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Healthy and Unhealthy Anger

Healthy angerEveryone gets angry from time to time.  Anger is a strong emotion that gets the attention of those around us and allows us to feel a bit better when we blow off a lot of steam.  Healthy anger is normal and helps us assert ourselves when needed.

Healthy anger isn’t like rage.

Anger isn’t always healthy, of course..  In fact, it can be enormously destructive, both to us and to those around us.  And expressing anger physically – throwing a punch, breaking something, aggressive driving – is an indication that we’re out of control and creating a dangerous situation.  Some of us grew up around parents who were “rage-aholics.”  Their anger was explosive and out of proportion to whatever it was that set them off.  Rage-aholics are often mean:  their fury became emotionally abusive and left all those around them feeling attacked, rejected, diminished…. and angry themselves.   Rage-aholics assault the other person and see him or her as worthless, a total loser.  The person on the receiving end feels like a scapegoat.

What healthy anger looks like.

Healthy anger is limited in scope and time and proportional to the occasion.  Unhealthy anger can go on and on and looks like nuclear war.   Example:  someone cuts you off on the freeway and you spend the next 10 minutes trying to chase him down to get back at him.  Instead of seeing the other guy as a bad driver, you feel like your sacred honor has been violated!

Healthy anger is acknowledged and owned by the person feeling it.  Unhealthy anger is often denied: “I’m not mad, you’re just an idiot!”

Unhealthy anger.

Men who are prone to unhealthy anger often secretly feel  incompetent or ashamed.  Their life strategy is that the best defense is a good offense, and they become expert at assigning blame.  They have great difficulty accepting their share of responsibility for problems.

Communicating with rage-aholics is difficult or impossible, especially around emotional issues.  Nothing seems to get through their defenses.  That makes a sort of sense, if you look at this as a defensive strategy.  They’re afraid they are going to look stupid or worthless themselves, so they’ve become adept at keeping people at arm’s length so no one will discover their secret shame.  In fact, they often don’t seem to be listening at all.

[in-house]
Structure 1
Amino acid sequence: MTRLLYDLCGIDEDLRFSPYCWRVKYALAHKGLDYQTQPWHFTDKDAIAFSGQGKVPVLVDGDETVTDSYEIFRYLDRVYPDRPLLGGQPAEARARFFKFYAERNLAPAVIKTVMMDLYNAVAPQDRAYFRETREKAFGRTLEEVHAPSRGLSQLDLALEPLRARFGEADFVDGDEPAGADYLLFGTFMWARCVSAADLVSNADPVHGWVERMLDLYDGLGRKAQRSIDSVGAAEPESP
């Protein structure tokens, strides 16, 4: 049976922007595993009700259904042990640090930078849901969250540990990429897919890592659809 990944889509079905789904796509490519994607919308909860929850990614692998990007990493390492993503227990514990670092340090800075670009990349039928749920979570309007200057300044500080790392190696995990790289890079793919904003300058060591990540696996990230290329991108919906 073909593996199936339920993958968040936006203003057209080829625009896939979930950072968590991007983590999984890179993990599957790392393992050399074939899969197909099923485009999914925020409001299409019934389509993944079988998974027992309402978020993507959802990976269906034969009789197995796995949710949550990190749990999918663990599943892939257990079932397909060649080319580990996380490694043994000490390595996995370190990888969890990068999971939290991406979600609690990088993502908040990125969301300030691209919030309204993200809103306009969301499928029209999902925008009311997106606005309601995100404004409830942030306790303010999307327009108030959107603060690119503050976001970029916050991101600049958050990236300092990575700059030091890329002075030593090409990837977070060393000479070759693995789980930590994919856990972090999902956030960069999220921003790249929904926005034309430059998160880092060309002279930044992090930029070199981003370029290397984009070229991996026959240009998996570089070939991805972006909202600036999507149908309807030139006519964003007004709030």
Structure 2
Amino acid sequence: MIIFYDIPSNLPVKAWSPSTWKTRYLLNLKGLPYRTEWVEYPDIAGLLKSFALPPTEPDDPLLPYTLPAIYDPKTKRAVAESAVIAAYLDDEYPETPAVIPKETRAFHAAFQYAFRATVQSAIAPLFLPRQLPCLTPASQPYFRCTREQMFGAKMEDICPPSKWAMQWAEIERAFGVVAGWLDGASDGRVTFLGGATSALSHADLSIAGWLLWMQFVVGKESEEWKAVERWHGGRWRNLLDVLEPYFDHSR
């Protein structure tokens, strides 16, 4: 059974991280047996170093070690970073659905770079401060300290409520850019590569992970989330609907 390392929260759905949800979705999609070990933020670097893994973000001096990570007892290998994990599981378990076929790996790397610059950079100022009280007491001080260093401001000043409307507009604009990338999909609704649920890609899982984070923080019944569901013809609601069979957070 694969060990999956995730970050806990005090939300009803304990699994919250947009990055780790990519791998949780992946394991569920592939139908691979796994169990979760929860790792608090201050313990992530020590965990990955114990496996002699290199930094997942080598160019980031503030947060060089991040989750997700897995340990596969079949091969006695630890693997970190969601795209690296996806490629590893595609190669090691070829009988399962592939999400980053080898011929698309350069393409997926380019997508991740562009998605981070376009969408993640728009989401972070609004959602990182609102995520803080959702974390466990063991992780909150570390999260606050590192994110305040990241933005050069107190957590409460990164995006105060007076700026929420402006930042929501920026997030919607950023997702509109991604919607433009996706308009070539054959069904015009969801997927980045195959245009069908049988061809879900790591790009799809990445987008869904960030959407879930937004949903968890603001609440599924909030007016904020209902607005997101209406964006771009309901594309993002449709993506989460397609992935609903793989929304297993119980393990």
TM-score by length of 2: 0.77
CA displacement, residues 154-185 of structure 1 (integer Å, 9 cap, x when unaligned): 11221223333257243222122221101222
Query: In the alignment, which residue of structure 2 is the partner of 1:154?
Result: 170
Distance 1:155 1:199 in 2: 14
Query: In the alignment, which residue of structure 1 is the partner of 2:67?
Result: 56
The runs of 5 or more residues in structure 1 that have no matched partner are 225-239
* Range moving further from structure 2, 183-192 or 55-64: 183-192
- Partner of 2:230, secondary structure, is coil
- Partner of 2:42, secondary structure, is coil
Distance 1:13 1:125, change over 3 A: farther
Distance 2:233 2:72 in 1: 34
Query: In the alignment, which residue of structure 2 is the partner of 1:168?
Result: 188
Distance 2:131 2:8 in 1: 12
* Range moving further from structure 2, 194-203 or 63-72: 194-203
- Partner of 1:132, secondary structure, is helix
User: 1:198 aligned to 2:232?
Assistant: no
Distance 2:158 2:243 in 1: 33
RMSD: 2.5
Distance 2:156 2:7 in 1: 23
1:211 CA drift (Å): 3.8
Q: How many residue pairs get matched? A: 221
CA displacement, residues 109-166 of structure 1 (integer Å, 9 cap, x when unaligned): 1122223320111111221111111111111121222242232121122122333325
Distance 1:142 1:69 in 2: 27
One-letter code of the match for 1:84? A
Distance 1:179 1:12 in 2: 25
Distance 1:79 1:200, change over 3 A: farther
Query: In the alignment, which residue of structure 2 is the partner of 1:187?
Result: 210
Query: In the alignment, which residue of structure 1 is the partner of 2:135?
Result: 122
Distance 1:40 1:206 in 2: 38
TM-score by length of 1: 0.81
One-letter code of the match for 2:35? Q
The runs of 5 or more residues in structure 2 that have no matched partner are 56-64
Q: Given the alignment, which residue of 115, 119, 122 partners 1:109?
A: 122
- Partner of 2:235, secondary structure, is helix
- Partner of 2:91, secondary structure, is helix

Unhealthy anger can come from growing up around rage-aholics.  Maybe it’s our model of how adults communicate, and we decide that if this is the way it’s going to be, we’re going to be the powerful person and not the victim.  And if we’ve grown up on the receiving end of all that rage, our own sense of self may have been undermined by those angry, obliterating messages.  We secretly fear we’re worthless.  So we learn to rage to keep others at bay and keep our fragile sense of self intact.  All that anger is just a cover-up.

It’s tough living with all that anger.  If you’re on the receiving end, it can take a toll on how you feel about yourself.  If you’re the angry one, your body is constantly being exposed to a bath of powerful hormones that can affect your digestive and circulatory systems.

For healthy relationships with others, managing anger is a basic skill.  When mastered, anger serves us as a tool used on occasion when we need to assert ourselves.  Without proper self-management, though, anger can be a bomb rather than a tool.





 John Ballew Counselor

About John

I have been  licensed by the State of Georgia as a professional counselor for more than 25 years.  My areas of specialty are relationships, intimacy, sexuality, anxiety and depression.  My passion is helping people build happier lives and stronger relationships. 

I know it isn’t always easy to talk about problems.  My approach to counseling is nonjudgmental and compassionate.  If you have questions, I welcome the opportunity to talk with you about working together.

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Whether you've worked with a therapist before or are exploring counseling for the first time, you probably have questions.  It is important to have the information you need to make a good decision when selecting a therapist.  I welcome your questions -- about your specific situation, about me or about my approach to therapy. Making things better can start with an email, or you can call me at (404) 874-8536.